From the First Letter to the Corinthians:
The last enemy to be destroyed is death.
(From the Daily Office Lectionary – 1 Corinthians 15:26 (NRSV) – April 22, 2014.)
Two weeks before Easter I came down with the flu. I spent three days in bed with a high fever, a racking cough, and a good deal of body aches and pains. A friend who suffered the same illness (it’s gone around our town and several people have suffered through it) described the muscle pain as feeling as if one had been beaten up, thrown the ground, and kicked several times. It felt to me as if every square centimeter of connective tissue in my body was inflamed at the same time. (This is the first time in a couple of weeks or more that I’ve had enough morning energy to write anything after reading the daily lessons.)
It all made getting ready for Palm Sunday, Holy Week, and Easter rather difficult, and even when Resurrection Sunday got here, I didn’t really feel much like celebrating. I always end a respiratory illness like that with two lingering symptoms: a nagging cough and laryngitis – both were in full force on Easter Eve. Gargling with warm salt water and several doses of codeine-laced cough suppressant got me through the Festival Eucharist on Easter morning.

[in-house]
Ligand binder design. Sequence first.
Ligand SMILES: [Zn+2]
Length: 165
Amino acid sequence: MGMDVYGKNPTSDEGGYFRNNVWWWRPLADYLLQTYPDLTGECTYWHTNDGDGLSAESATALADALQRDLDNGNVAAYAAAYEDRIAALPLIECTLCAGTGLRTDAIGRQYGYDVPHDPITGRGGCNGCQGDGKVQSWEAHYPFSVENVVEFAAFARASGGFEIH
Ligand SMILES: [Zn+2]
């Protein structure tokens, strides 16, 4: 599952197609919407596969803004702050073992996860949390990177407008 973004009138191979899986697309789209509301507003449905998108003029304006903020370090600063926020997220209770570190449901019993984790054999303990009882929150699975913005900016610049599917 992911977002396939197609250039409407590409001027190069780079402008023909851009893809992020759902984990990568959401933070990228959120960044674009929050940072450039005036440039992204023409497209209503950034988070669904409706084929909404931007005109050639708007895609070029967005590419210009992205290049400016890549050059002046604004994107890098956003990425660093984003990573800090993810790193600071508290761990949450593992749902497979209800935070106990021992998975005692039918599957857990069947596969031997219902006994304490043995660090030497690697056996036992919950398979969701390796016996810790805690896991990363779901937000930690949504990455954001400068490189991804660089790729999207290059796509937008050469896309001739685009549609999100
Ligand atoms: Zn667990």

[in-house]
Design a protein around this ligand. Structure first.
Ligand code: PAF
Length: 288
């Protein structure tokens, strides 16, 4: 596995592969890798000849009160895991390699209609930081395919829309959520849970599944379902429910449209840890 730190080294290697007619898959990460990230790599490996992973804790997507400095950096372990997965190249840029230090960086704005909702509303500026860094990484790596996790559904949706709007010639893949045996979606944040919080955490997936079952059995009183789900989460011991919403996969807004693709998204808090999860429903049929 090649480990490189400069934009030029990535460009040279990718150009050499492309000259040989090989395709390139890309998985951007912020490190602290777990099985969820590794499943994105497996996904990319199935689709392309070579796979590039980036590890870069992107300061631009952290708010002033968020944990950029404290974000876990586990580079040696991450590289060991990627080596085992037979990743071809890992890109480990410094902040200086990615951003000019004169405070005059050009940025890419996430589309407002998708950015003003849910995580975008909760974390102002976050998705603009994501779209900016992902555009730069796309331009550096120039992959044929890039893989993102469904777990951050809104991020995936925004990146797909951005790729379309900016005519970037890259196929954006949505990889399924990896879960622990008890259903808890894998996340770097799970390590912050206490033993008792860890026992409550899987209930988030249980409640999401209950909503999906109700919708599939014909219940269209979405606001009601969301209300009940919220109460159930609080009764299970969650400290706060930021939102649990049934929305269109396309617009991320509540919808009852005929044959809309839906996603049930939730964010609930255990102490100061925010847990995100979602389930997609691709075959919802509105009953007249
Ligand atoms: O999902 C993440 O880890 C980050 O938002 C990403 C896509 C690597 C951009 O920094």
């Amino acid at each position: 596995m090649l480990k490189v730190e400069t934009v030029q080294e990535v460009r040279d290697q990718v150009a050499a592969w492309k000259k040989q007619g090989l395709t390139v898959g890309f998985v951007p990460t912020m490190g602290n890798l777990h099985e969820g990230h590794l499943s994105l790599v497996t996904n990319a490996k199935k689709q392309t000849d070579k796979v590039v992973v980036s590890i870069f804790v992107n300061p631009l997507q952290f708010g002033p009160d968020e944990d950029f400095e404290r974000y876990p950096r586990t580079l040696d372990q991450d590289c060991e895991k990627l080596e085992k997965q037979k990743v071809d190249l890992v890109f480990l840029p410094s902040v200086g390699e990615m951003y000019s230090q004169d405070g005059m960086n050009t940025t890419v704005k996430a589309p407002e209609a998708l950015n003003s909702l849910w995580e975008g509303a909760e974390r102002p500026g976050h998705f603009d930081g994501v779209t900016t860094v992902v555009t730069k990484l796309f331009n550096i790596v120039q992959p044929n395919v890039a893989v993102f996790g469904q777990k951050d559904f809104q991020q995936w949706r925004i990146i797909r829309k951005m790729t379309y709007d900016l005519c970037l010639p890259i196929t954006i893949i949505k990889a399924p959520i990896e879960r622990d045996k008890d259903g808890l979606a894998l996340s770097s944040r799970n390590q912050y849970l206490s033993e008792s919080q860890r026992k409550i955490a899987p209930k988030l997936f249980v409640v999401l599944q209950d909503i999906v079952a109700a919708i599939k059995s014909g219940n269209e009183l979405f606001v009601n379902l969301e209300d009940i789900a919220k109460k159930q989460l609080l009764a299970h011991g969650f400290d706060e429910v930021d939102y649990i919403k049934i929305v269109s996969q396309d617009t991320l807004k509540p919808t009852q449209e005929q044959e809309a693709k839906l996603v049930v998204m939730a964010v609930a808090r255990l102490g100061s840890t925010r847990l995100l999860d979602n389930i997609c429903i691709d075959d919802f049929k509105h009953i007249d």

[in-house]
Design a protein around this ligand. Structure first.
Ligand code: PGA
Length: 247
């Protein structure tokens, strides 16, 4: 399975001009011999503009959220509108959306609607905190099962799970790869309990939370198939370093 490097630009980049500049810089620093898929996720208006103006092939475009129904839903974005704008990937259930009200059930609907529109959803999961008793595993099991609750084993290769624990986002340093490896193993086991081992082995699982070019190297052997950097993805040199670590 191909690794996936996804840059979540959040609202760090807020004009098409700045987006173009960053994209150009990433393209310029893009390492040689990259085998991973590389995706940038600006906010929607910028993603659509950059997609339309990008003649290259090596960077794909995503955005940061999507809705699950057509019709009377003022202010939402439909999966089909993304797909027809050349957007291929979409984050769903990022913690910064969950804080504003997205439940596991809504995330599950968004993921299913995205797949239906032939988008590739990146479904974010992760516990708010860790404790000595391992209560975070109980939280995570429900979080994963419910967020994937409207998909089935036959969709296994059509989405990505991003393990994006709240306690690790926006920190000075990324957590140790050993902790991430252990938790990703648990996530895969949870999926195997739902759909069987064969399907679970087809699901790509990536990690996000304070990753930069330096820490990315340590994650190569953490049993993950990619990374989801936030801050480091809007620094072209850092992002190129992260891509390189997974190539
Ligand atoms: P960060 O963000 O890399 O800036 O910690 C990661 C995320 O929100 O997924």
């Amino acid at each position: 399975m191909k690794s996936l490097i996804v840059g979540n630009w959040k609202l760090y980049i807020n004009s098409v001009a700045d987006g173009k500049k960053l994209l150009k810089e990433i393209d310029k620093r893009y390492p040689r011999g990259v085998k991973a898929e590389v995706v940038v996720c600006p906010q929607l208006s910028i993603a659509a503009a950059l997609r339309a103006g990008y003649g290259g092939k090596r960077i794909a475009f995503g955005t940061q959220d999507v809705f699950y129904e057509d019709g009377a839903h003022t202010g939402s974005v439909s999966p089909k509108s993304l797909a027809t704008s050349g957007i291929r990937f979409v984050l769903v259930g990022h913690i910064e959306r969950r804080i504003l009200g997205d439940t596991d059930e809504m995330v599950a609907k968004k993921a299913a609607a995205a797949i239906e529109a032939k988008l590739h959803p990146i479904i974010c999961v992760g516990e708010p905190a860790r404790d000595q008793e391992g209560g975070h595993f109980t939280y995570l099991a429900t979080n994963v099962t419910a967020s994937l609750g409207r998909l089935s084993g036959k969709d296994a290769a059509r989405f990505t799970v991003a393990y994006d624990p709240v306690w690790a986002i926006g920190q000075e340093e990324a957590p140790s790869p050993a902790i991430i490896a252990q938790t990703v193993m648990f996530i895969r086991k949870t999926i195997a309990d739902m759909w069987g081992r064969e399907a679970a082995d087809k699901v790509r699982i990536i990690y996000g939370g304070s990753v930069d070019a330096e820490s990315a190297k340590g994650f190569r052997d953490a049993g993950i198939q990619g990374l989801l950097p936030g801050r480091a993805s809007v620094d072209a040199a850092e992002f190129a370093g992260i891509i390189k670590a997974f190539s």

So here we are at Tuesday in Easter week and the lingering cough is still tagging along. I’m feeling like it, not death, is the “last enemy to be destroyed.” Death is already conquered; the cough is not! In my Easter homily, I preached about that sense many (if not all) people have had from time to time of “dying a little” because of life’s many small disappointments, of how that sense is a result of disordered (sinful) creation disrupting the proper relationships of life, and of how all that sinfulness crashed down through time and eternity, through space and the cosmos, hitting one moment, one place:
Think about the weight of all that sin, all that dying, experienced in little ways every day by all the people who have ever lived . . . think of that weight crashing down
through the centuries,
through the millennia,
through all of time and all of space,
crashing down to a single hour,
a single moment,
a single instant,
on a hill outside of Jerusalem,
on a single man,
a man hanging on a cross
who cried out
“It is finished!”
Death, the last enemy, has been conquered. But there seems to be this lingering, nagging cough still sounding through the universe, still tickling at the throat of creation, still hacking away. It’s the death rattle of death. Pay it no mind. Eventually it and even its echoes will fade away.
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Father Funston is the rector of St. Paul’s Episcopal Church, Medina, Ohio.
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